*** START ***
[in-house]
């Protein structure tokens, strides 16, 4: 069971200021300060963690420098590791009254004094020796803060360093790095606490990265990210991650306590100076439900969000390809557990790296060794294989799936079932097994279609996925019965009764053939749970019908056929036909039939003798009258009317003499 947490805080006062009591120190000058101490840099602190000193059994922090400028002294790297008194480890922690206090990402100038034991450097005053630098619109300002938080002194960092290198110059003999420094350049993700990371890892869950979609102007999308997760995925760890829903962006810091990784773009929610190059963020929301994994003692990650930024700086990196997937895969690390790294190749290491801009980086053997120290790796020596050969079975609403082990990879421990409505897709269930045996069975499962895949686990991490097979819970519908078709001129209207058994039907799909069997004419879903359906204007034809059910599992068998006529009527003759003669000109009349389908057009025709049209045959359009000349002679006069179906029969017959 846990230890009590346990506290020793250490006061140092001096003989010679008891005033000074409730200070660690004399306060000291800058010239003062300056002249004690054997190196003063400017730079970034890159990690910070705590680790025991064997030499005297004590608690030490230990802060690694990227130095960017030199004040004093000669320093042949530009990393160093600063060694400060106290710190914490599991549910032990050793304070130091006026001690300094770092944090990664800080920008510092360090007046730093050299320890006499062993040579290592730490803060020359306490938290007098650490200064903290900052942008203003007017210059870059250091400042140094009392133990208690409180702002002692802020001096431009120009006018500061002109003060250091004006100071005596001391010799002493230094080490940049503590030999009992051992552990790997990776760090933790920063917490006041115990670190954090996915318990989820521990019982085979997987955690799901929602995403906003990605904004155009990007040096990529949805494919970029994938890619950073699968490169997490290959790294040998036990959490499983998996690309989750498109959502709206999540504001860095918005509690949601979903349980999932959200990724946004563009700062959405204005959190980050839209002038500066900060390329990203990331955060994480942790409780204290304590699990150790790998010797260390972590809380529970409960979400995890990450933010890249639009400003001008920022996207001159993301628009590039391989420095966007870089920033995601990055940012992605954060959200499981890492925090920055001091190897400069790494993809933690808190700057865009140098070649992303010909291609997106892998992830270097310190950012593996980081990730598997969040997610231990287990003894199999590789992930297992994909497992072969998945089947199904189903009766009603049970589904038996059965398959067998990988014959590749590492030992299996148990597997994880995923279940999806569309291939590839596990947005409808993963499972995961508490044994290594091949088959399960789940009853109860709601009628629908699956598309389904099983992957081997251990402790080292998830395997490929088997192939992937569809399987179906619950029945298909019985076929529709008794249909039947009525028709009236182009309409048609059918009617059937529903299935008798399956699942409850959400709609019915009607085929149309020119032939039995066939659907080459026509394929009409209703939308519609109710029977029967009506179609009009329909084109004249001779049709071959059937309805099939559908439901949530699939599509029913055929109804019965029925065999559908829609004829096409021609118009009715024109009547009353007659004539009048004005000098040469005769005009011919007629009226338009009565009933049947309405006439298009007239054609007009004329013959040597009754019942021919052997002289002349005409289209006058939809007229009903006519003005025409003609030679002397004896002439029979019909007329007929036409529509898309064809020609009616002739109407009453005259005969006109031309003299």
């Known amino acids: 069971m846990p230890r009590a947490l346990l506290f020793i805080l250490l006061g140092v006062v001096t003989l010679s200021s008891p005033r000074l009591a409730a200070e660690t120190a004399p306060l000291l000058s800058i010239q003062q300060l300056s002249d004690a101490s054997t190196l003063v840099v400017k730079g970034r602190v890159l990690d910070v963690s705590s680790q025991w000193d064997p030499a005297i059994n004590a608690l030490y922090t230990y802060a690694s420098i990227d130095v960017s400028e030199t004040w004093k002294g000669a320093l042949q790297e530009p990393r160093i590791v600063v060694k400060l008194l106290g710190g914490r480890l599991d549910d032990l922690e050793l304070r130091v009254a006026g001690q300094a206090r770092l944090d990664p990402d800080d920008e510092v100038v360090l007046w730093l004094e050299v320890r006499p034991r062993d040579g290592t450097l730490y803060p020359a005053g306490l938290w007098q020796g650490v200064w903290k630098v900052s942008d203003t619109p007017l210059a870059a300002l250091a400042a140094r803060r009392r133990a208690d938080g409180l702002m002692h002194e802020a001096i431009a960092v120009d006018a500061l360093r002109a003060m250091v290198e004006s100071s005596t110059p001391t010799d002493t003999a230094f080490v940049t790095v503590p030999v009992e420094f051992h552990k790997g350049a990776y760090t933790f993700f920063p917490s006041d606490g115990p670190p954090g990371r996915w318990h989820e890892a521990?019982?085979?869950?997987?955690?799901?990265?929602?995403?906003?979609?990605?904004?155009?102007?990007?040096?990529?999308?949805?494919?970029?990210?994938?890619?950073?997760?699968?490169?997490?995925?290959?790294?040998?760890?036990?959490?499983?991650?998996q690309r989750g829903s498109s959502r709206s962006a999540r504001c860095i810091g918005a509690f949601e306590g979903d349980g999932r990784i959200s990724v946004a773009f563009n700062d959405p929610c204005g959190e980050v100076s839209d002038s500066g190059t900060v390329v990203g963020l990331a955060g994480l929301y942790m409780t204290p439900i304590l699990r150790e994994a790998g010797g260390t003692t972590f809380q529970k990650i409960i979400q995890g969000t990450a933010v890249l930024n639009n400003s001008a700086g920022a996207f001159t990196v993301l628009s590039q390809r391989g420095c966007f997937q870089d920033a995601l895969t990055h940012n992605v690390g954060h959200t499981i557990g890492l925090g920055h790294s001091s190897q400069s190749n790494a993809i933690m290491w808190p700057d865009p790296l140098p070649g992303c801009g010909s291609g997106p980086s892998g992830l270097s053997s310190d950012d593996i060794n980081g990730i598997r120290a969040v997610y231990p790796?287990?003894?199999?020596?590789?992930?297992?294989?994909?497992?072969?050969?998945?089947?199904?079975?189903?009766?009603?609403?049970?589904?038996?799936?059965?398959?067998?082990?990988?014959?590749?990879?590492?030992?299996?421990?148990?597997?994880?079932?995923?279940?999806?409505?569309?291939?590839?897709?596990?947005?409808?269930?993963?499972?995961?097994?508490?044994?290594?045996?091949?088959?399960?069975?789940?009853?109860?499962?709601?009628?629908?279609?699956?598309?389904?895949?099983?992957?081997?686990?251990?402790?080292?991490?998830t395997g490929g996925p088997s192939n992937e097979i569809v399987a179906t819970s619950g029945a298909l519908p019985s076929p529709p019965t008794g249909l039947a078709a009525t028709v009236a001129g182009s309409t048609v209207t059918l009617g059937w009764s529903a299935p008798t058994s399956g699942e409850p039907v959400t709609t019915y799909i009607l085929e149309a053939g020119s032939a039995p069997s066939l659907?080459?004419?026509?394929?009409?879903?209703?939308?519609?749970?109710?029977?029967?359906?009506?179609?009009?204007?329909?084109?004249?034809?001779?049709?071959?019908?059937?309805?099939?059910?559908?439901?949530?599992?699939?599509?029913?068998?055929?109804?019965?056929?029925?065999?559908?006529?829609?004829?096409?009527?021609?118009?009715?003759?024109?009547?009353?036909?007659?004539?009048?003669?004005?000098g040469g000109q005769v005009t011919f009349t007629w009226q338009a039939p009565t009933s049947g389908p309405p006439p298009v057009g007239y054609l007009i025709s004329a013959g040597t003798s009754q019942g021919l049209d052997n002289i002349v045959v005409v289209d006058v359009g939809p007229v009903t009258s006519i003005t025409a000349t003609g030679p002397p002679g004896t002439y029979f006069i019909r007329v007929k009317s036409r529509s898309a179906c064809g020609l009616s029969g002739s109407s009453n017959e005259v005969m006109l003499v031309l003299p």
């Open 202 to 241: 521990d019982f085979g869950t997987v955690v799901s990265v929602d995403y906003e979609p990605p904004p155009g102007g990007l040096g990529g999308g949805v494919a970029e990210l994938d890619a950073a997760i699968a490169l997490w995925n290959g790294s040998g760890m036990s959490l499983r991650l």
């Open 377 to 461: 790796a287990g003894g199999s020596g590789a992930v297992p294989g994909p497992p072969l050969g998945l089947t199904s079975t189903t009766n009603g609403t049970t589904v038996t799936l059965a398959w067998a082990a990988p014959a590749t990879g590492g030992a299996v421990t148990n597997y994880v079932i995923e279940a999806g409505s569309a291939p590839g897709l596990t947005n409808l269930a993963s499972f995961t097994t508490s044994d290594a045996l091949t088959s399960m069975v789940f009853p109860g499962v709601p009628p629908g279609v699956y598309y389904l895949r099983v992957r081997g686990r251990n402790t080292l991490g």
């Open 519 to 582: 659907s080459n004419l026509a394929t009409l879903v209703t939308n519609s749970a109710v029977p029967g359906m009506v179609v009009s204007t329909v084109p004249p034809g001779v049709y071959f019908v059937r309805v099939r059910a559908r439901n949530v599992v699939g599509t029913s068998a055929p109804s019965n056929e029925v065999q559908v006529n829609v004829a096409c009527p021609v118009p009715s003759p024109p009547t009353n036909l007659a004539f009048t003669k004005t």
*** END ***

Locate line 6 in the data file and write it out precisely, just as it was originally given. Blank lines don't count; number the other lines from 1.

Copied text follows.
């Open 519 to 582: 659907s080459n004419l026509a394929t009409l879903v209703t939308n519609s749970a109710v029977p029967g359906m009506v179609v009009s204007t329909v084109p004249p034809g001779v049709y071959f019908v059937r309805v099939r059910a559908r439901n949530v599992v699939g599509t029913s068998a055929p109804s019965n056929e029925v065999q559908v006529n829609v004829a096409c009527p021609v118009p009715s003759p024109p009547t009353n036909l007659a004539f009048t003669k004005t």